Korean Culture

Bbali Bbali Culture

빨리 - Bbali : Quickly, fast. The 빨리 빠리 Culture is an apt description of just how fast paced Korean life is. Evidence can be witnessed all over Korea, from fast internet speeds to the construction of buildings.

If you are used to a more relaxed style, get ready to jump on the rollercoaster. You will be expected to produce work quickly, without losing quality. If you seek a more relaxed workplace demeanor and don't like dealing with a very strict hierarchy system, this may not be the right job for you.

*This is not to say that every second of everyday is work, work, work... The life of a GET is actually quite relaxed with sporadic times of work, work, work.

눈치 : Noon-Chi : Tact, Common Sense, 6th Sense.

눈치

In Korea there are a lot of unspoken rules that you’re expected to know. For example, if you were to go to dinner with your staff, it is customary to sit only after the eldest person has done so. So even if you didn't know this rule, you could use 눈치 by noticing that everyone else is remaining standing.

눈치 is a very important concept in Korean culture and the only way to get good at it is to just be more aware of your surroundings as well as learning the culture. Make Korean friends, ask questions, read books on Korean culture, travel around Korea.

Greetings

 Korean style greetings are very different from Western greetings. First of all, most people do not shake hands, rather they will bow. Generally with greetings, one would do a 15 degree bow, so just a slight nod of the head.

Accompanying phrases:

안녕하세요 : Ahn-Nyoung-Ha-Seh-Yo : Hello

방갑습니다 : Bang-Gap-Seup-Ni-Da : Nice to meet you

The Handshake:

Now if a handshake is initiated, follow these steps -

*Assuming you are meeting this person for the first time or you are greeting someone in a higher position.

1. Shake with two hands: Right hand extended for the shake, left hand lightly grasping your right arm. (placement on arm is up to you, ranging from the armpit to the wrist)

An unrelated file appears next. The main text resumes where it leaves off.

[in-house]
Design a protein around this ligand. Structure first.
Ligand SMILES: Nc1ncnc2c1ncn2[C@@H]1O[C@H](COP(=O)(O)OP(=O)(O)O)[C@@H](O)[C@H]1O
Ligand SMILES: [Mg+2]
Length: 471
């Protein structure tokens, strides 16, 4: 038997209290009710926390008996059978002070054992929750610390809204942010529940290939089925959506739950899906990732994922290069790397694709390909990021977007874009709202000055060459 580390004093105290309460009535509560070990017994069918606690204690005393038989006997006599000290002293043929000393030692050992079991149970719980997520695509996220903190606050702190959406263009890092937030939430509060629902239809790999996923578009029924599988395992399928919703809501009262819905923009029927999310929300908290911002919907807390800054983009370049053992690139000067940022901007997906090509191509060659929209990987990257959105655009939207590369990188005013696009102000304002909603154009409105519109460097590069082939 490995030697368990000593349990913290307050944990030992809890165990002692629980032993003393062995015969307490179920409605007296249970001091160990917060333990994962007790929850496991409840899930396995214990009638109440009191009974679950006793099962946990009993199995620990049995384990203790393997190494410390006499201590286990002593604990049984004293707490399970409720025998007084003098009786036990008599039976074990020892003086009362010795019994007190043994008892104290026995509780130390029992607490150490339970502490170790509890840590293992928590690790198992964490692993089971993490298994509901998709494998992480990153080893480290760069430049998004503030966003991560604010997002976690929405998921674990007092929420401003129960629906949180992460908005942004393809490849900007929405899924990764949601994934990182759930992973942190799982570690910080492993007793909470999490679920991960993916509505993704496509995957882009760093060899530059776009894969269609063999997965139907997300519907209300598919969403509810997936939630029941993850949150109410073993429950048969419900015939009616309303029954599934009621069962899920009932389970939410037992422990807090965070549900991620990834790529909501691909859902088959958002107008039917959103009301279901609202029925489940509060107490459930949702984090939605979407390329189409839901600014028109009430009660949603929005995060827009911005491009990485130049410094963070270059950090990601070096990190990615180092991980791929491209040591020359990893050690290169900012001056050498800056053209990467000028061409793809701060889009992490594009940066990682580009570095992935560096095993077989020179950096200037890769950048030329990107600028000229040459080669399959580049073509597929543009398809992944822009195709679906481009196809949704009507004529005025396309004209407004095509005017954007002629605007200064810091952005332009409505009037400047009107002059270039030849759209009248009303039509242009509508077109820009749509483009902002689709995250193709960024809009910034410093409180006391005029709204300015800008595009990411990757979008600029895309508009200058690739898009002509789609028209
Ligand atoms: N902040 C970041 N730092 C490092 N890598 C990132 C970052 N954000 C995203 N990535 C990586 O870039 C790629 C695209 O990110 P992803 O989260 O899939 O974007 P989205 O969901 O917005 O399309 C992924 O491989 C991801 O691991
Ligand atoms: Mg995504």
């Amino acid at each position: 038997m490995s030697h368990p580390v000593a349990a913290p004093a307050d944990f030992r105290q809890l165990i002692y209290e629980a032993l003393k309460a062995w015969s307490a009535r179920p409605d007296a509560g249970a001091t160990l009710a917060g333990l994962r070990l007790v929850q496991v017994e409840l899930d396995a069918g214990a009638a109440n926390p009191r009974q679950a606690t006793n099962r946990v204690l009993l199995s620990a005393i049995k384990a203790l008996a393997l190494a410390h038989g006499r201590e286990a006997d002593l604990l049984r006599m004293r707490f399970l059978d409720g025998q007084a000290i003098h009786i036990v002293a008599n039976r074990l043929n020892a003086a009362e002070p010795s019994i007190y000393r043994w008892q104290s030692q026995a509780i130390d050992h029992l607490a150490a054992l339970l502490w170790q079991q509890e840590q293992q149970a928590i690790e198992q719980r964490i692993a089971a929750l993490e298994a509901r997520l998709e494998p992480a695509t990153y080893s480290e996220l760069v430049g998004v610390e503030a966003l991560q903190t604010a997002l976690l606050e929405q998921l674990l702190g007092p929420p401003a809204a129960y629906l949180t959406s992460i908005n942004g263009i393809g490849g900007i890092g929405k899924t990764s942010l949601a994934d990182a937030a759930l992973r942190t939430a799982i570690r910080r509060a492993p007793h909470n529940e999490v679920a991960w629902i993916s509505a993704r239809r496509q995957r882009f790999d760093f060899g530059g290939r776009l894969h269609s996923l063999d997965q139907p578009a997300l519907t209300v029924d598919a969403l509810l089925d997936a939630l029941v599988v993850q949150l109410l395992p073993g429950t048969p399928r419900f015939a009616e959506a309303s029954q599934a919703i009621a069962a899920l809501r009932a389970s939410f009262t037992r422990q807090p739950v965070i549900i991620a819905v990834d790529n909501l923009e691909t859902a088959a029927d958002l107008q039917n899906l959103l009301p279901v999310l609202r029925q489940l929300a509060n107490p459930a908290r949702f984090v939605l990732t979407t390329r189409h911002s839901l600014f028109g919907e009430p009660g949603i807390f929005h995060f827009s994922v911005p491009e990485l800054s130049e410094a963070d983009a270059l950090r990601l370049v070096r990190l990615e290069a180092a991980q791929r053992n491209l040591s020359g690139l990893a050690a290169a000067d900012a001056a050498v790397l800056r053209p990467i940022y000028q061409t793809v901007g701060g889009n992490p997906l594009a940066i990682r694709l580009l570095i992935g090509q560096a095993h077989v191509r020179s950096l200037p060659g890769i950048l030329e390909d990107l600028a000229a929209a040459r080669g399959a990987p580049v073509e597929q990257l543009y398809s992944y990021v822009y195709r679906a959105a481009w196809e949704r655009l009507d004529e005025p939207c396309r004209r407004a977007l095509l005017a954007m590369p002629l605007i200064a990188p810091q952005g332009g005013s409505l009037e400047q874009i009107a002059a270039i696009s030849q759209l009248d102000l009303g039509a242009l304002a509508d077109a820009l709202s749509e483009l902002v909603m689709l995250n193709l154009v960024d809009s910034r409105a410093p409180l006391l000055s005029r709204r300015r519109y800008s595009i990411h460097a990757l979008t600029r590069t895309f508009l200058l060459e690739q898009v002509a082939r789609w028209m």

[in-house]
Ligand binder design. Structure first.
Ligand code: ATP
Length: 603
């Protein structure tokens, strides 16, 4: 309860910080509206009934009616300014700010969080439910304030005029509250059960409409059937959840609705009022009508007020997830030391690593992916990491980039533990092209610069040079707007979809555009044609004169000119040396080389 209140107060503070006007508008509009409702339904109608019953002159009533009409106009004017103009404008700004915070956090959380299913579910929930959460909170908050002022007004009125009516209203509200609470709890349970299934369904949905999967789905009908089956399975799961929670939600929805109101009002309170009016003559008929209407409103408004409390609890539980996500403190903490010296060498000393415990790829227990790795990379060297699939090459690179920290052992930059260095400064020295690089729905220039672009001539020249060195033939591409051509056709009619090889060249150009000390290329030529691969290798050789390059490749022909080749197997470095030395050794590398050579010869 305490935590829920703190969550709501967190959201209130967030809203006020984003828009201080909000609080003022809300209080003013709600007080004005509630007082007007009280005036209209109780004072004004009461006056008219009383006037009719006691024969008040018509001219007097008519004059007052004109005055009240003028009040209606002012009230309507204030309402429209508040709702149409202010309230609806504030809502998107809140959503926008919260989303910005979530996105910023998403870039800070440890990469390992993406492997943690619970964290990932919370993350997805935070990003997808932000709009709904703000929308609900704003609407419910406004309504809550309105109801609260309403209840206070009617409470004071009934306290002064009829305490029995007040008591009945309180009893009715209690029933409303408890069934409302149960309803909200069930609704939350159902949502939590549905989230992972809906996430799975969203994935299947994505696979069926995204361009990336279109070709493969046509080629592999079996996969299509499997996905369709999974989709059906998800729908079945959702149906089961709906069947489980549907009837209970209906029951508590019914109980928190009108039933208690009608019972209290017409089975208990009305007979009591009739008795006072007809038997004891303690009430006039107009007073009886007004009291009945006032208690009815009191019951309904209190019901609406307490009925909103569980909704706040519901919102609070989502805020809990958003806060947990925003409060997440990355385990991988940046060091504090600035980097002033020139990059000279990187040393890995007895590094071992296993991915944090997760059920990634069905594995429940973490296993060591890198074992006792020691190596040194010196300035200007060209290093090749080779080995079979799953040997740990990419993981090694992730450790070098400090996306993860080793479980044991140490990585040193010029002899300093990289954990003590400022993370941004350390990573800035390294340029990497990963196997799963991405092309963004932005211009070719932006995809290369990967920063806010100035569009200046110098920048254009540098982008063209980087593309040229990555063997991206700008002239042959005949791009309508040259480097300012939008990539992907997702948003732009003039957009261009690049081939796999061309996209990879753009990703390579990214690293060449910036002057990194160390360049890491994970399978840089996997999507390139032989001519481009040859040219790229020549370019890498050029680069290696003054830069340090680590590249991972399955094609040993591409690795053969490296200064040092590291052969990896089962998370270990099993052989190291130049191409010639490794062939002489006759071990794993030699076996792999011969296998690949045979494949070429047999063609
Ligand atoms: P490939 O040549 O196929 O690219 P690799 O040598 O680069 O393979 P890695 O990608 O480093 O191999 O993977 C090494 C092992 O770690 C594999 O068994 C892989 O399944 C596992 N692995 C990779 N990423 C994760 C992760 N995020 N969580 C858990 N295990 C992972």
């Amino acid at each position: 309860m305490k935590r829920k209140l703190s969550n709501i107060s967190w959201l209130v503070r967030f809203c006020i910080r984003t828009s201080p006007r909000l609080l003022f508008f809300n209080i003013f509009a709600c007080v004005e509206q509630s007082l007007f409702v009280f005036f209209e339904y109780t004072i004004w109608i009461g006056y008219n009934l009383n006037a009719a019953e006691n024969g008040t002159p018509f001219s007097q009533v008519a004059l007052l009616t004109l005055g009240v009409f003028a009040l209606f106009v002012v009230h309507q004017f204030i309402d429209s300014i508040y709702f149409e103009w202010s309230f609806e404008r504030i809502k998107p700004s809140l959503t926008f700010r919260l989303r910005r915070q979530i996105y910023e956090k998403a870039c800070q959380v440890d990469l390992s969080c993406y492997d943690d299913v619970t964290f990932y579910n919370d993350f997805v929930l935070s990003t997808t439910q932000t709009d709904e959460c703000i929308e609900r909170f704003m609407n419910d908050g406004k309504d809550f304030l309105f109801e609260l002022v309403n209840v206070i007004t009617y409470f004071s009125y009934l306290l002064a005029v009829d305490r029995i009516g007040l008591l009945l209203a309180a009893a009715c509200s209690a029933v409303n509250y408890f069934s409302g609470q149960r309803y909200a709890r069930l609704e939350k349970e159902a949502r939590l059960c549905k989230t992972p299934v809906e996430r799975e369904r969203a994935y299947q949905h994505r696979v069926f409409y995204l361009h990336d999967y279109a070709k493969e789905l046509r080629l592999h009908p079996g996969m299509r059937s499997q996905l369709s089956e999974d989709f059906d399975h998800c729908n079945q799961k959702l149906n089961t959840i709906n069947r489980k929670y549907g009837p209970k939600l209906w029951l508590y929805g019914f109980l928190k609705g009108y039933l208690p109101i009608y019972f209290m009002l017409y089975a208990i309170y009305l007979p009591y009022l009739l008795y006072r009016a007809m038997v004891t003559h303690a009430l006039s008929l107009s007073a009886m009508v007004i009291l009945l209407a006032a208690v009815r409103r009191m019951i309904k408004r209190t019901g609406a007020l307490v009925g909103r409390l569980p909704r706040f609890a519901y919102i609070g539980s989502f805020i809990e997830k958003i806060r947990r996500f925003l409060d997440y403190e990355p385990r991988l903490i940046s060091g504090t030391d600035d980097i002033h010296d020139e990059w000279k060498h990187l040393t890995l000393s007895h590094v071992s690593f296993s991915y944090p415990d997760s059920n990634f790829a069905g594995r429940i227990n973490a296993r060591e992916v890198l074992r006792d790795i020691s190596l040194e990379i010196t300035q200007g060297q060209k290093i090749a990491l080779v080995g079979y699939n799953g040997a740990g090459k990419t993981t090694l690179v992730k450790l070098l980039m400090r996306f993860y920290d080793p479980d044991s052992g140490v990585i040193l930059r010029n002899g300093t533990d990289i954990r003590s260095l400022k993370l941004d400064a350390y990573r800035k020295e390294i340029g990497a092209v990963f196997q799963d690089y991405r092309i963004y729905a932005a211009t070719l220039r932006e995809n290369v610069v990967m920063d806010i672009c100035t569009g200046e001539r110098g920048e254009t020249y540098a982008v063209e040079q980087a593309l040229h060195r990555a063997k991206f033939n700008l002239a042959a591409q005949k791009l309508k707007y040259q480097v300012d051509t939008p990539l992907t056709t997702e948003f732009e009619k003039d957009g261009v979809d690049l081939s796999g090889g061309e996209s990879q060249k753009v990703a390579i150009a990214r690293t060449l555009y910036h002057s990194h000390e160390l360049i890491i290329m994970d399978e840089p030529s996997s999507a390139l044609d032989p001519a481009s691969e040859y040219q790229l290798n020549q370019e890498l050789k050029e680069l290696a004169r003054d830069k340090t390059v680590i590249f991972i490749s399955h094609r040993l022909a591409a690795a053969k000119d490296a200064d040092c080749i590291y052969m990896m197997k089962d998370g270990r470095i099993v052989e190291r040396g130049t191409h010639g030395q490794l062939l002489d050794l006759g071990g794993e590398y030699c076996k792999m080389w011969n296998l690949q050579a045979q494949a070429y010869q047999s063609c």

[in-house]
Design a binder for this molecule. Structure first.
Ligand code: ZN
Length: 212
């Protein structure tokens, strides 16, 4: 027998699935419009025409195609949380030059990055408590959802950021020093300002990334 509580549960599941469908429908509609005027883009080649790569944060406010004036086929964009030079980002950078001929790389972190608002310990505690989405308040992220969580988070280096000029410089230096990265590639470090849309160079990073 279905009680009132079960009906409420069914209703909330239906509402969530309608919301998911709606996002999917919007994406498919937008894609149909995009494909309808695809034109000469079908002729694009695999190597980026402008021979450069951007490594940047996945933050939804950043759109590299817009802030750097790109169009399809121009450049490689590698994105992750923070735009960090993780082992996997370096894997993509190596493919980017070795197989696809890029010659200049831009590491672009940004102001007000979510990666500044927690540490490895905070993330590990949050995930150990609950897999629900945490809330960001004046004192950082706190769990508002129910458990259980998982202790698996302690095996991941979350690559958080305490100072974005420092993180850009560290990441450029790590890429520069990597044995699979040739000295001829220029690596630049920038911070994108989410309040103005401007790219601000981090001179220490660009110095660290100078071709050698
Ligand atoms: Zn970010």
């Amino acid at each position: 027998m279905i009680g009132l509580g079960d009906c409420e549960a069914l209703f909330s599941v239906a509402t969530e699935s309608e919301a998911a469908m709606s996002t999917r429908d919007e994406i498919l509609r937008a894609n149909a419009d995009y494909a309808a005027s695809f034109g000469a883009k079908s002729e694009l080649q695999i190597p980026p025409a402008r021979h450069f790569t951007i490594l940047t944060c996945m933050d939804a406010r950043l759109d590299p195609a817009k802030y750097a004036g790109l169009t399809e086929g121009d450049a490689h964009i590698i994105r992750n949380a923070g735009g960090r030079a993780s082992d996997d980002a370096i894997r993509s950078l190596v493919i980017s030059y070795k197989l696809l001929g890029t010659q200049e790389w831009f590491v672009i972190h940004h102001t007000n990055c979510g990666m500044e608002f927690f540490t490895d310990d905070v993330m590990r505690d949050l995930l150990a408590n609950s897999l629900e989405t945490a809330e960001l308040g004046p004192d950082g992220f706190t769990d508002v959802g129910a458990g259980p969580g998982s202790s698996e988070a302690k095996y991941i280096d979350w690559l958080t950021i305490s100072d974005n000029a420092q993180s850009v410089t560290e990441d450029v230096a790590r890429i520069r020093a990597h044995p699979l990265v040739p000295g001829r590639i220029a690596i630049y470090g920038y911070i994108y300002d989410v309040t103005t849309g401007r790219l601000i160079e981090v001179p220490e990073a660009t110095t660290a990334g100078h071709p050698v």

2. Bow slightly while shaking hands.

 

Important Notes about greetings:

* Senior always initiates the hand shake. If the senior does not extend their hand, DO NOT extend your hand. Just bow.

* Be sociable. If you see someone coming towards you, greet them. Especially know who your principals and vice principals are and ALWAYS greet them.

* Hands out of pocket. If you are around other people please take your hands out of your pockets as it is seen as rude.

  

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Every culture has their superstitions, here are a couple you will see here in Korea:

DO NOT WRITE NAMES IN RED INK!  Doing so means that person will die.

Number 4

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Every culture has their superstitions, here are a couple you will see here in Korea:

DO NOT WRITE NAMES IN RED INK!  Doing so means that person will die.

Number 4

The number four connotes death. This is due to the fact that the Chinese character for 4 literally means death.  In older buildings, you may notice that the fourth floor button on elevators are completely omitted or the fourth floor will be displayed as an F rather than a 4. 

Shaking your legs

Shaking your legs is seen as bad luck. Not sure the reason. But it is. So don't do it... ^^ 

Korean

Drinking Culture

Work hard, play harder. This seems to be the mantra of many Koreans. Korean people work extremely hard, and they are constantly having to look over their shoulders because of the social hierarchy system. This is why alcohol has come to play such an important role in Korean life, it allows people to take a breath from the immensely stressful Korean work/social life and just be able to relax and be themselves.

Your first time drinking out with your coworkers will definitely be an experience! Above are some tips on Korean drinking etiquette that you can use to impress your coworkers and friends!

*PLEASE DRINK RESPONSIBILY. Yes, unfortunately you will see some of your coworkers and fellow expats drinking a lot and maybe behaving inappropriately. However, understand that you are a guest meaning you will be subject to more scrutiny. Also, Koreans are still fairly new to a foreign presence and due to the behavior of past expats in Korea, you are unfortunately coming in on a tipped scale. So don't be a stereotype, drink responsibly. Have fun, but know your limits. And most of all, be SAFE!!!